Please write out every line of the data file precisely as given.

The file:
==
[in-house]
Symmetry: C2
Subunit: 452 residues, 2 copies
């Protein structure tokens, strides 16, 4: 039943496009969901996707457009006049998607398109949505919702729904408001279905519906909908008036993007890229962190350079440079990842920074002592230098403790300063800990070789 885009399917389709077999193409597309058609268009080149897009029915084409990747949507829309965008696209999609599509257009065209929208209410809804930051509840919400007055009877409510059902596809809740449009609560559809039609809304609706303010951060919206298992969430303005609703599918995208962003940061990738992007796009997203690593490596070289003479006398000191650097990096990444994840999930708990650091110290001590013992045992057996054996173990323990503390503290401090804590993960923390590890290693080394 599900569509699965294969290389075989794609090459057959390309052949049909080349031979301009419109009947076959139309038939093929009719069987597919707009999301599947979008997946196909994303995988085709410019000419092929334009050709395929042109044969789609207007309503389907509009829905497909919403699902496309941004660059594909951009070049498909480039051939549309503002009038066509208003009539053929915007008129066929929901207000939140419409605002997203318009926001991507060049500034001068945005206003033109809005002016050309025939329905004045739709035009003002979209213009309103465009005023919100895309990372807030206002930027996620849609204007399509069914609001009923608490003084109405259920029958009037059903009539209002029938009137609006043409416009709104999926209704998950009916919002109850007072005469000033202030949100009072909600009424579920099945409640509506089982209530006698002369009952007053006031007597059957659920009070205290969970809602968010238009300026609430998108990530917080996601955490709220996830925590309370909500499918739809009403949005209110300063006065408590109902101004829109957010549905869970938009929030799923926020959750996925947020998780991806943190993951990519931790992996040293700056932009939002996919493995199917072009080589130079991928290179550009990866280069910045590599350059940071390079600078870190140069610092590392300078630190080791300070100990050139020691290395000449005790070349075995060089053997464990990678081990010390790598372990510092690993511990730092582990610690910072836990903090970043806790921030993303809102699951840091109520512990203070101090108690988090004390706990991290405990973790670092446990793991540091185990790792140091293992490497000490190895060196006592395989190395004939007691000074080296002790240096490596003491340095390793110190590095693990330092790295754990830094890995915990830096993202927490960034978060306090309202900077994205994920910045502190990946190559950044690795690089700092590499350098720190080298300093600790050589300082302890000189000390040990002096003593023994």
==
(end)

[in-house]
Symmetry: C2
Subunit: 452 residues, 2 copies
């Protein structure tokens, strides 16, 4: 039943496009969901996707457009006049998607398109949505919702729904408001279905519906909908008036993007890229962190350079440079990842920074002592230098403790300063800990070789 885009399917389709077999193409597309058609268009080149897009029915084409990747949507829309965008696209999609599509257009065209929208209410809804930051509840919400007055009877409510059902596809809740449009609560559809039609809304609706303010951060919206298992969430303005609703599918995208962003940061990738992007796009997203690593490596070289003479006398000191650097990096990444994840999930708990650091110290001590013992045992057996054996173990323990503390503290401090804590993960923390590890290693080394 599900569509699965294969290389075989794609090459057959390309052949049909080349031979301009419109009947076959139309038939093929009719069987597919707009999301599947979008997946196909994303995988085709410019000419092929334009050709395929042109044969789609207007309503389907509009829905497909919403699902496309941004660059594909951009070049498909480039051939549309503002009038066509208003009539053929915007008129066929929901207000939140419409605002997203318009926001991507060049500034001068945005206003033109809005002016050309025939329905004045739709035009003002979209213009309103465009005023919100895309990372807030206002930027996620849609204007399509069914609001009923608490003084109405259920029958009037059903009539209002029938009137609006043409416009709104999926209704998950009916919002109850007072005469000033202030949100009072909600009424579920099945409640509506089982209530006698002369009952007053006031007597059957659920009070205290969970809602968010238009300026609430998108990530917080996601955490709220996830925590309370909500499918739809009403949005209110300063006065408590109902101004829109957010549905869970938009929030799923926020959750996925947020998780991806943190993951990519931790992996040293700056932009939002996919493995199917072009080589130079991928290179550009990866280069910045590599350059940071390079600078870190140069610092590392300078630190080791300070100990050139020691290395000449005790070349075995060089053997464990990678081990010390790598372990510092690993511990730092582990610690910072836990903090970043806790921030993303809102699951840091109520512990203070101090108690988090004390706990991290405990973790670092446990793991540091185990790792140091293992490497000490190895060196006592395989190395004939007691000074080296002790240096490596003491340095390793110190590095693990330092790295754990830094890995915990830096993202927490960034978060306090309202900077994205994920910045502190990946190559950044690795690089700092590499350098720190080298300093600790050589300082302890000189000390040990002096003593023994």